I'm looking for a phrase which essentially means questioning a belief you share with someone, but that other person has an almost unshakable faith in that belief, so your misgivings fall on deaf ears or they try and convince you otherwise without really taking into consideration your points.

Not necessarily religious, but it could be for instance, questioning the negative impact of legal weapons to a friend in the NRA

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    Singing to the preacher? Commented Dec 16, 2014 at 11:20
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    "Like talking to an NRA member"?
    – Hot Licks
    Commented Dec 16, 2014 at 15:38
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    "Preaching to deaf ears."
    – Karen
    Commented Dec 16, 2014 at 17:57
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    @PatrickM I don't know if I've ever heard "preaching to deaf ears", but it's a nice combination of "X fell on deaf ears" and "preaching to the choir" that captures the intent quite nicely. It someone's not familiar with both idioms, though, it might, heh, fall on deaf ears. Commented Dec 16, 2014 at 22:25
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    It's like preaching vegetarianism to a family of hyenas.
    – Sven Yargs
    Commented Dec 18, 2014 at 4:22

11 Answers 11


You could use the expression it's like talking to a brick wall.

It's an established idiom listed in some dictionaries, and it means that you can't get through to the other person.

Another applicable expression might be teaching a pig to sing, from a quote attributed to Heinlein – especially if you find yourself getting frustrated in your efforts.

  • If this is not the best answer, I don't know what
    – dynamite
    Commented Dec 16, 2014 at 17:53
  • And if you are frustrated with your best efforts and disgusted with the reception, you could say you are casting "pearls before swine".
    – bib
    Commented Dec 18, 2014 at 20:59

Waste one's breath may fit the context: ( from TFD)

  • to waste one's time talking; to talk in vain. Don't waste your breath talking to her. She won't listen. You can't persuade me. You're just wasting your breath.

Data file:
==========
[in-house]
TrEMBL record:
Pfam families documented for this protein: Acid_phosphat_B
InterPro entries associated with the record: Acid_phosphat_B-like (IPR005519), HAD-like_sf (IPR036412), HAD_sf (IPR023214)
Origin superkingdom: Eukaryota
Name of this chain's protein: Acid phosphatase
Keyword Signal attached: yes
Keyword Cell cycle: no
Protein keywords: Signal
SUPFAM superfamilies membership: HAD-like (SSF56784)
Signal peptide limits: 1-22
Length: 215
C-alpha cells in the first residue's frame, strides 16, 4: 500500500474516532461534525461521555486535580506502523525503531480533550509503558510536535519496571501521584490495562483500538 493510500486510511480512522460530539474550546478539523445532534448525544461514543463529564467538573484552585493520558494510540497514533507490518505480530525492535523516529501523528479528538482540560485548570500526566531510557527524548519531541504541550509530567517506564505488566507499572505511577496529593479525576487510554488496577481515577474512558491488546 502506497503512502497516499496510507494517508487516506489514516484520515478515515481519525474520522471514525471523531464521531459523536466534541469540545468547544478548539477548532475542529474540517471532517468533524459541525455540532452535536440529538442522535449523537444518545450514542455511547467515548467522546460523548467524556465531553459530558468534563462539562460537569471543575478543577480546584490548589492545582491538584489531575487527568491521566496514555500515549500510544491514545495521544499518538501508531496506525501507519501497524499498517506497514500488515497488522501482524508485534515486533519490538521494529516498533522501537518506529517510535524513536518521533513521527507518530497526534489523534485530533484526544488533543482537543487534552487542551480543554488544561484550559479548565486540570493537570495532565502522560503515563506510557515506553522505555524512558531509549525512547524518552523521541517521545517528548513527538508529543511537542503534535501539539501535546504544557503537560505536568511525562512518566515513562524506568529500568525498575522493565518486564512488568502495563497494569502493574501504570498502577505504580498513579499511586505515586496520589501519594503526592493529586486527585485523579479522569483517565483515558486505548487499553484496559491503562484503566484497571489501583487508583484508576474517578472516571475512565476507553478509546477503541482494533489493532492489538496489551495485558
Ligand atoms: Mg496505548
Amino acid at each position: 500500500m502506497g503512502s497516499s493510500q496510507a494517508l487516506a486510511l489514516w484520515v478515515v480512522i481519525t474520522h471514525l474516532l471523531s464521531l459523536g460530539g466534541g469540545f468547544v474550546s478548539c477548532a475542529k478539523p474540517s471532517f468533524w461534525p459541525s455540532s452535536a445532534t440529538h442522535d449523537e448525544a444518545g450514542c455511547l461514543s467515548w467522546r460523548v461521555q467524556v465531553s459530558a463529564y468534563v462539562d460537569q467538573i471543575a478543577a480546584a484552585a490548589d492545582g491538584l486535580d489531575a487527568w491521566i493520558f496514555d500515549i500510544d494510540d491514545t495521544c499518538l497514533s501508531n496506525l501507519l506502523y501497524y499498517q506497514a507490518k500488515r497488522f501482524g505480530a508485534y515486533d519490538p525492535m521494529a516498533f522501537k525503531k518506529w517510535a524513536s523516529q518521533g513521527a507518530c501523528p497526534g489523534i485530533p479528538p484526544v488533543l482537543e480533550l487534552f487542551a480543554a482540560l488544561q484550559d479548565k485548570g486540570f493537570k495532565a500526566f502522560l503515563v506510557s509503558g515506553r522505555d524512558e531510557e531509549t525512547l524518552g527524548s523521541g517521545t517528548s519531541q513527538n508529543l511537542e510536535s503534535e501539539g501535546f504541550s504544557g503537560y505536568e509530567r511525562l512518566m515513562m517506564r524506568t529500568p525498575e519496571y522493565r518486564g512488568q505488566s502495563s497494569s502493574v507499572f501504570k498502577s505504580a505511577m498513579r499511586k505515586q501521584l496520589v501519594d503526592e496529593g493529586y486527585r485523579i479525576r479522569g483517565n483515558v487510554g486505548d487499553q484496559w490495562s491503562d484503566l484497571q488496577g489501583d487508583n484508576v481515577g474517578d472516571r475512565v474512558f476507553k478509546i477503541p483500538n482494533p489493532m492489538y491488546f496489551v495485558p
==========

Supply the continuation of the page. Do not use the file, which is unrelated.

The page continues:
• tell or ask someone something although this will have no effect (often negative) Don't waste your breath. I've already asked her to help and she said no. You'd be wasting your breath reporting it to the police - they never look for stolen bikes.


Most other answers give good idioms specifically for futile conversation. In addition to these, a more general (and perhaps fancier-sounding) phrase that applies here is an exercise in futility. It means nothing will change in spite of the action you're taking.


You might be looking for -

"Being the devil's advocate" - advocating an opposing view (that you may or may not support but the listener firmly does) , often for the sake of argument (opposing for the sake of argument)

The above seems to mean the opposite of the idiom :

"Preaching to the choir"- to make one's case primarily to one's supporters (convincing in vain);

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    I don't think this is antonymic, really. Commented Dec 16, 2014 at 17:13
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    Antonyms to an idiom are quite context specific really. Commented Dec 16, 2014 at 18:39
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    I think that "being the devil's advocate" has a specific meaning which takes it into a different context: the devil's advocate doesn't necessarily believe or agree with the position they're taking, but they take that position deliberately to more fully explore the issue. So the devil's advocate isn't really advocating a position at all, which makes it neither the same as or the opposite to "preaching to the choir". Commented Dec 17, 2014 at 10:31